Regards,

Mucahit

In-Moemory Analytics

Thanks for this Boris. Being an engineer who ended up studying OR and applied statistics at the graduate level, I get the difference between probabalistic and deterministic causality. Here's I blog I wrote along these lines:
http://blog.kinaxis.com/2009/12/i-am-adamant-that-an-accurate-forecast-d...
There is no doubt that probabalistic causality is the right way to go when a deterministic model is difficult to construct.

Working in supply chain management I find that "pre-discovery" is crucial for effective performance and risk management. Not only that, but predictive analytics are absolutely paramount, not just the analysis of history. In other words that a supplier has had a 75% on-time delivery over the past 3 months may be very useful to a contracts manager, but is of very little value to a production manager trying to satisfy customer demand. What the production manager needs to know is that a particular delivery from that supplier is late, but even that is of limited value. What the organization really needs is to be able to predict which customer orders/forecast will be delayed as a consequence and and the intermediate stes of production and distribution that need to be altered as a consequence. Not only that, the customer will want a revised promise date. This is the causality and consequence that I believe adds real value to an organization.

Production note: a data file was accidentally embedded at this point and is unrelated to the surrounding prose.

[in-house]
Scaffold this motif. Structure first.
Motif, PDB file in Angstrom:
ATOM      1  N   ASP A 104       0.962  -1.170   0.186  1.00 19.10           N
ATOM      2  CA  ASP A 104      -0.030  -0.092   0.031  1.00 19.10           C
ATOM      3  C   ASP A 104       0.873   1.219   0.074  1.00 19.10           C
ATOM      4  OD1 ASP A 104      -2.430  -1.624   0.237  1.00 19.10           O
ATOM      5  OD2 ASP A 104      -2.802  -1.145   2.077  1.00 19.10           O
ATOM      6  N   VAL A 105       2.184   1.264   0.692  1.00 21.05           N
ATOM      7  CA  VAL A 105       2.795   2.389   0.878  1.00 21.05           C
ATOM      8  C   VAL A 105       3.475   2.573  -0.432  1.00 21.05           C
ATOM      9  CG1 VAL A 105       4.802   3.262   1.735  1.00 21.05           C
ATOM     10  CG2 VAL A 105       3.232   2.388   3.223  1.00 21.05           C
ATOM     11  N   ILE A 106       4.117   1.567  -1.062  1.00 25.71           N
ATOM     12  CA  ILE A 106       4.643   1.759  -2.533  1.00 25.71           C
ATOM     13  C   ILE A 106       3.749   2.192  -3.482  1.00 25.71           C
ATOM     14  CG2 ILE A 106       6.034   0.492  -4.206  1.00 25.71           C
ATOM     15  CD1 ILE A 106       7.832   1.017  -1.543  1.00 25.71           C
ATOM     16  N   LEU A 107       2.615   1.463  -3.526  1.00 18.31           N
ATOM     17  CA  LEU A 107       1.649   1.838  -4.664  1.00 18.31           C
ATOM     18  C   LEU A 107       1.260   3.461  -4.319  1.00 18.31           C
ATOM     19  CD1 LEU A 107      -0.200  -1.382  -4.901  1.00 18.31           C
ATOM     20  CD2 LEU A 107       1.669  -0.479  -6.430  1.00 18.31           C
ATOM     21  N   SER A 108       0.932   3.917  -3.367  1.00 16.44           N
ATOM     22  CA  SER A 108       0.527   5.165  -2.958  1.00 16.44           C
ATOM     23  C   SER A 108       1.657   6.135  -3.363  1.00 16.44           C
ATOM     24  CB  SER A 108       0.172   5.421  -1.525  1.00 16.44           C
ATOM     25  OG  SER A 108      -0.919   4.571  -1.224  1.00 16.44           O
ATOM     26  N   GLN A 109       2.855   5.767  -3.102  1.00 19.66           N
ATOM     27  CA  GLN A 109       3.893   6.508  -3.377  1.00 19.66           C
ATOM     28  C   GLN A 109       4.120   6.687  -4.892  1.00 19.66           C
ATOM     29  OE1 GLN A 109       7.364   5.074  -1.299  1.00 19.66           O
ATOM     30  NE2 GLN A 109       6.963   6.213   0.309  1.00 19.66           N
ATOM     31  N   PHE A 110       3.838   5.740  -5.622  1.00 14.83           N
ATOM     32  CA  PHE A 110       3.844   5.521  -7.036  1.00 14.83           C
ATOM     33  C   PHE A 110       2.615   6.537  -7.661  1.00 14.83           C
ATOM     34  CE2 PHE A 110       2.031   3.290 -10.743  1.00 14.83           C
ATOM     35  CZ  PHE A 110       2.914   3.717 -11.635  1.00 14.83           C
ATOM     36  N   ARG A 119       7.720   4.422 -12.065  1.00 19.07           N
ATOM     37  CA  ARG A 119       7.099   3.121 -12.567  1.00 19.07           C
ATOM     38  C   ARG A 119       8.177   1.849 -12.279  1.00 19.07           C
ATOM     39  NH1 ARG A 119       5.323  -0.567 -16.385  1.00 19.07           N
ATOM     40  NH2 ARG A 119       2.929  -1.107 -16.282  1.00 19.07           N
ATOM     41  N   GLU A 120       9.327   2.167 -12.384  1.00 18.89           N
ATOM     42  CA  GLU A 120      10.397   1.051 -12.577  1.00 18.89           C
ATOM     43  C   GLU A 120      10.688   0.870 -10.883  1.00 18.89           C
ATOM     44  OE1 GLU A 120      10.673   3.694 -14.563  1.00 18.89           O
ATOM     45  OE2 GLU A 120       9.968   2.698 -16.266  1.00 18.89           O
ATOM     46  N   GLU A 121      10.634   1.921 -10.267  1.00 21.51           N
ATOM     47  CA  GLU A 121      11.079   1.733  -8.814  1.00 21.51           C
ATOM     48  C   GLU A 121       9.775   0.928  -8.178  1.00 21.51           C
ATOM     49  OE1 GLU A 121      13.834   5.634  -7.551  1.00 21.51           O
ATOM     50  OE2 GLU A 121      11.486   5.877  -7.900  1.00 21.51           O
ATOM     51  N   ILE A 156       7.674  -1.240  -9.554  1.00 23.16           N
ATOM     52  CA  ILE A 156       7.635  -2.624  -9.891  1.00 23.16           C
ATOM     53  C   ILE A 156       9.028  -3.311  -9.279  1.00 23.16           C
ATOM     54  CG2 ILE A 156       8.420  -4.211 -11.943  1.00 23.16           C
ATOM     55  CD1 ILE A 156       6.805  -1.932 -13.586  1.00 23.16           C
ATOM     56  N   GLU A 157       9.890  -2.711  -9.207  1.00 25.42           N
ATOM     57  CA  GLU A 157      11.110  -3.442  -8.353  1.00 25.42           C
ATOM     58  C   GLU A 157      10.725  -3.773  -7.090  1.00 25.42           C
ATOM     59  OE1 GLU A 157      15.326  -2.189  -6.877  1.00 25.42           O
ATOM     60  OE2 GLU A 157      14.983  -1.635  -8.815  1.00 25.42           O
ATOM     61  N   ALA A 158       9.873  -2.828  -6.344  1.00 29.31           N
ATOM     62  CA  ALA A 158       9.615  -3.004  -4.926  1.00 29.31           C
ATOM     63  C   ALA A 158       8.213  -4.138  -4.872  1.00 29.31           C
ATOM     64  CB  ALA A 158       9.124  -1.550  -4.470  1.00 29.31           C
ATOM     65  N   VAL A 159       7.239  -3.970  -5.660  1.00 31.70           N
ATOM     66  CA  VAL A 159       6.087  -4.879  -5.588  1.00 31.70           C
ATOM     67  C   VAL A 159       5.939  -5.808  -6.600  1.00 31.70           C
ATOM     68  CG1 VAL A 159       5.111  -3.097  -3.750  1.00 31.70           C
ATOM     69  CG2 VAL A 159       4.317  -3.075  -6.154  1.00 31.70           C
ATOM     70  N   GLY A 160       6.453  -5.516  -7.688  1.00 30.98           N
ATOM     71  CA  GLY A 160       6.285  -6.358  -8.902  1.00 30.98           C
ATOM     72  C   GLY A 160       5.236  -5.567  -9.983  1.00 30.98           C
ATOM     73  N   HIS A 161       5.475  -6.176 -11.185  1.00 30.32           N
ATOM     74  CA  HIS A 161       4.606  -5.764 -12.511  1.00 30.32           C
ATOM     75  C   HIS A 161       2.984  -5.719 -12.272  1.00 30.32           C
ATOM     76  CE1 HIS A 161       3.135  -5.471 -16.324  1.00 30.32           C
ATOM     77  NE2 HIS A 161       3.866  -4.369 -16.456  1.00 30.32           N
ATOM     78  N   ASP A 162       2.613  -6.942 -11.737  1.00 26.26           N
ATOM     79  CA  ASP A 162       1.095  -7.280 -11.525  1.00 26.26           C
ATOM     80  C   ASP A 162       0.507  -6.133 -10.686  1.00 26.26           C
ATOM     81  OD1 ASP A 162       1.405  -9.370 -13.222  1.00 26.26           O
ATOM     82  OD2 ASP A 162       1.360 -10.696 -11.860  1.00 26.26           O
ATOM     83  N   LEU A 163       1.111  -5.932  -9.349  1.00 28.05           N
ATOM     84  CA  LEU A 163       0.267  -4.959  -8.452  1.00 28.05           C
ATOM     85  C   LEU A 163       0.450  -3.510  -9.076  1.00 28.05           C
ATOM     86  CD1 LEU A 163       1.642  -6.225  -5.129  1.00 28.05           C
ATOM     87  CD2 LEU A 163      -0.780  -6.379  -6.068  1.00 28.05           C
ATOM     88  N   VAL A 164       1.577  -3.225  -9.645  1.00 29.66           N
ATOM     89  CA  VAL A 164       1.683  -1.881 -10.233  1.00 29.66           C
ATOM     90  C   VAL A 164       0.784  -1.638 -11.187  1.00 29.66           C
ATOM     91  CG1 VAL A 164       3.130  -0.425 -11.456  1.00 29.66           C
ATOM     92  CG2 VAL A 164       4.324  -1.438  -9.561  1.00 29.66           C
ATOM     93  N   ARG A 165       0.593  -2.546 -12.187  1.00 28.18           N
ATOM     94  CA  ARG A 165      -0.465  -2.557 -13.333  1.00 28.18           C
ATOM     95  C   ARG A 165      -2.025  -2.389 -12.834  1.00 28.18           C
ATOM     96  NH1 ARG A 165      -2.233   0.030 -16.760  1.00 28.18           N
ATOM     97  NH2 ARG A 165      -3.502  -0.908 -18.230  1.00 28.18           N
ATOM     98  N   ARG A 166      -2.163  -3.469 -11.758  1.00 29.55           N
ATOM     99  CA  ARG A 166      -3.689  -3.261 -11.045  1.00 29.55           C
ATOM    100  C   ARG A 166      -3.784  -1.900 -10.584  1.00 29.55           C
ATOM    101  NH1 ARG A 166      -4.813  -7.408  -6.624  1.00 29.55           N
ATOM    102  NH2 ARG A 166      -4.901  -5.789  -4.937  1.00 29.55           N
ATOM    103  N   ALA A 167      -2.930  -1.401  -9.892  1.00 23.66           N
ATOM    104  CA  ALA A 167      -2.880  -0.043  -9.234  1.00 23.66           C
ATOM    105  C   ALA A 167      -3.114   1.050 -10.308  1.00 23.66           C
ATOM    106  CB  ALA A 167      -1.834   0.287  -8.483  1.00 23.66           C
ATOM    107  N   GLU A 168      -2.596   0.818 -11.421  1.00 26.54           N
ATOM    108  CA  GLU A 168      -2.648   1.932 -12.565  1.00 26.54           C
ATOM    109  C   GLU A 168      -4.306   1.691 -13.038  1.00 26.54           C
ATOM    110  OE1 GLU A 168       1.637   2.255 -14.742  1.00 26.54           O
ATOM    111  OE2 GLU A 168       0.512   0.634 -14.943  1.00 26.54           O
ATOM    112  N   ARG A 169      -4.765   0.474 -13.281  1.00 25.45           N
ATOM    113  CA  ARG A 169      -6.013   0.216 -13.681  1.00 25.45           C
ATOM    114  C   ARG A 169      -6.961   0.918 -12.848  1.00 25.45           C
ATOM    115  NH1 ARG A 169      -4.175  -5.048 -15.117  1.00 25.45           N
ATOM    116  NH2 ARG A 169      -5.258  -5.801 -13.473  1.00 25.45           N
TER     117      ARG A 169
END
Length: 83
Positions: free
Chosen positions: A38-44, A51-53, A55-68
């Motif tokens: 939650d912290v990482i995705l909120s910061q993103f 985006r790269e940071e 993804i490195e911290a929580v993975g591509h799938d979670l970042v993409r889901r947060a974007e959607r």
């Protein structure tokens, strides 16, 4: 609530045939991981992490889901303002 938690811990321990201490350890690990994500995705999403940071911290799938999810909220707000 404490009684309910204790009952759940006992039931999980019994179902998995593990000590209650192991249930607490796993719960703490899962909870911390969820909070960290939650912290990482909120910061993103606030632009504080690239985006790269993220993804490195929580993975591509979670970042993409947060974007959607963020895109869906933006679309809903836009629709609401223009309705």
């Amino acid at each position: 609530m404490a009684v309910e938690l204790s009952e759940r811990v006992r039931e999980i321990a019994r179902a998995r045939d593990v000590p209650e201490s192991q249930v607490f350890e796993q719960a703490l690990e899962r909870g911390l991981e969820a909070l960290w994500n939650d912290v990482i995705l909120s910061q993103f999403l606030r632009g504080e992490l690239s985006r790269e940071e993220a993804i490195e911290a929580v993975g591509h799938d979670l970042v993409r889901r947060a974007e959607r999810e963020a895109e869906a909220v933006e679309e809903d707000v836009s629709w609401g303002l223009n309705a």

Don't get me wrong, I think there is tremendous value added by "post-discovery" analytics too, especially in determinign markets shift and buying patterns.

Regards
Trevor

What is and what should be

Trevor,

I appreciate your insight on the applicability of getting to the predictive side of things, anticipating the changes in the business processes given the anticipated blip in expectations so we can be value-add customer (and supplier) focused to forewarn of changes in original expectations made. This IS where we need to continue to drive the value-add of insights gained from effectively designed predictive models.

The historical-centric models of-course are a foundational basis from which prospective predictive models can be validated. Naturally the continual review of historical trends are important for "learning from history" and therefore need to continue to be considered significant (but not sufficient).

Refreshing times

What about refreshing times?
I mentioned IMA in power Pivot is very very slow.
It has to rebuild "the array" (isn't it the hidden OLAP?) every time it is refreshed.
Result is:
30 s for ODBC + OLAP
110 s for Power Pivot
Have You got the times (comparison) for the another applications?
http://afin.net/webcasts/Demo_RefreshData_ADO&AfinNet_vs_Excel2010&Power...
(real time - long)

Good point. Watch out for a

Good point. Watch out for a new blog I am working on with 5-6 criteria to evaluate when comparing in-memory analytics vendors like QlikTech, Spotfire and PowerPivot.